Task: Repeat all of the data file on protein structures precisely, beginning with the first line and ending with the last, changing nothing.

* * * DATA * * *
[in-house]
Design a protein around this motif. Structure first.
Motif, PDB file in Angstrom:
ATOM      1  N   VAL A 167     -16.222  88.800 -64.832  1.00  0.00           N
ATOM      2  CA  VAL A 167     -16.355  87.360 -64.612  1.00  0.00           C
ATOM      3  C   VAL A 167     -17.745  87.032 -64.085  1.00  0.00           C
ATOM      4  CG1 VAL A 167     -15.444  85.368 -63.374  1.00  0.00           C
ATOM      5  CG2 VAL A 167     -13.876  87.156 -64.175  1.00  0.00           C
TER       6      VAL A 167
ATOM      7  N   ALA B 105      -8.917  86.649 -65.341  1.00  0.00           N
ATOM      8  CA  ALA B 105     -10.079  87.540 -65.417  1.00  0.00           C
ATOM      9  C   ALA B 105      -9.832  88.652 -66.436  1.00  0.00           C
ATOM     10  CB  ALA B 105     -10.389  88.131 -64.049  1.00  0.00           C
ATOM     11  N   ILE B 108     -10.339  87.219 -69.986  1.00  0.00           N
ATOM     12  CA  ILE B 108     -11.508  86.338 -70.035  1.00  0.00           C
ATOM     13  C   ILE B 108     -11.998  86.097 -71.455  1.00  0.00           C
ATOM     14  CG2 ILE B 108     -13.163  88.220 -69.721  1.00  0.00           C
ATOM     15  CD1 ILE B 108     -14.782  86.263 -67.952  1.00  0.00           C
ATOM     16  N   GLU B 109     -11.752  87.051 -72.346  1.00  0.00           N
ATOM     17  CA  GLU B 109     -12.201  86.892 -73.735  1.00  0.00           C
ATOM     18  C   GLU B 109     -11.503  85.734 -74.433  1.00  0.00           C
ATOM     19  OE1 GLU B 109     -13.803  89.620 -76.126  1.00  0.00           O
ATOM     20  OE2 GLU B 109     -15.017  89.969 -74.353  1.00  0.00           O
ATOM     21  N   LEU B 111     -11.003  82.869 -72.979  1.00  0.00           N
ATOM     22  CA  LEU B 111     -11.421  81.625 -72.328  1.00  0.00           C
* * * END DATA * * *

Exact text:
[in-house]
Design a protein around this motif. Structure first.
Motif, PDB file in Angstrom:
ATOM      1  N   VAL A 167     -16.222  88.800 -64.832  1.00  0.00           N
ATOM      2  CA  VAL A 167     -16.355  87.360 -64.612  1.00  0.00           C
ATOM      3  C   VAL A 167     -17.745  87.032 -64.085  1.00  0.00           C
ATOM      4  CG1 VAL A 167     -15.444  85.368 -63.374  1.00  0.00           C
ATOM      5  CG2 VAL A 167     -13.876  87.156 -64.175  1.00  0.00           C
TER       6      VAL A 167
ATOM      7  N   ALA B 105      -8.917  86.649 -65.341  1.00  0.00           N
ATOM      8  CA  ALA B 105     -10.079  87.540 -65.417  1.00  0.00           C
ATOM      9  C   ALA B 105      -9.832  88.652 -66.436  1.00  0.00           C
ATOM     10  CB  ALA B 105     -10.389  88.131 -64.049  1.00  0.00           C
ATOM     11  N   ILE B 108     -10.339  87.219 -69.986  1.00  0.00           N
ATOM     12  CA  ILE B 108     -11.508  86.338 -70.035  1.00  0.00           C
ATOM     13  C   ILE B 108     -11.998  86.097 -71.455  1.00  0.00           C
ATOM     14  CG2 ILE B 108     -13.163  88.220 -69.721  1.00  0.00           C
ATOM     15  CD1 ILE B 108     -14.782  86.263 -67.952  1.00  0.00           C
ATOM     16  N   GLU B 109     -11.752  87.051 -72.346  1.00  0.00           N
ATOM     17  CA  GLU B 109     -12.201  86.892 -73.735  1.00  0.00           C
ATOM     18  C   GLU B 109     -11.503  85.734 -74.433  1.00  0.00           C
ATOM     19  OE1 GLU B 109     -13.803  89.620 -76.126  1.00  0.00           O
ATOM     20  OE2 GLU B 109     -15.017  89.969 -74.353  1.00  0.00           O
ATOM     21  N   LEU B 111     -11.003  82.869 -72.979  1.00  0.00           N
ATOM     22  CA  LEU B 111     -11.421  81.625 -72.328  1.00  0.00           C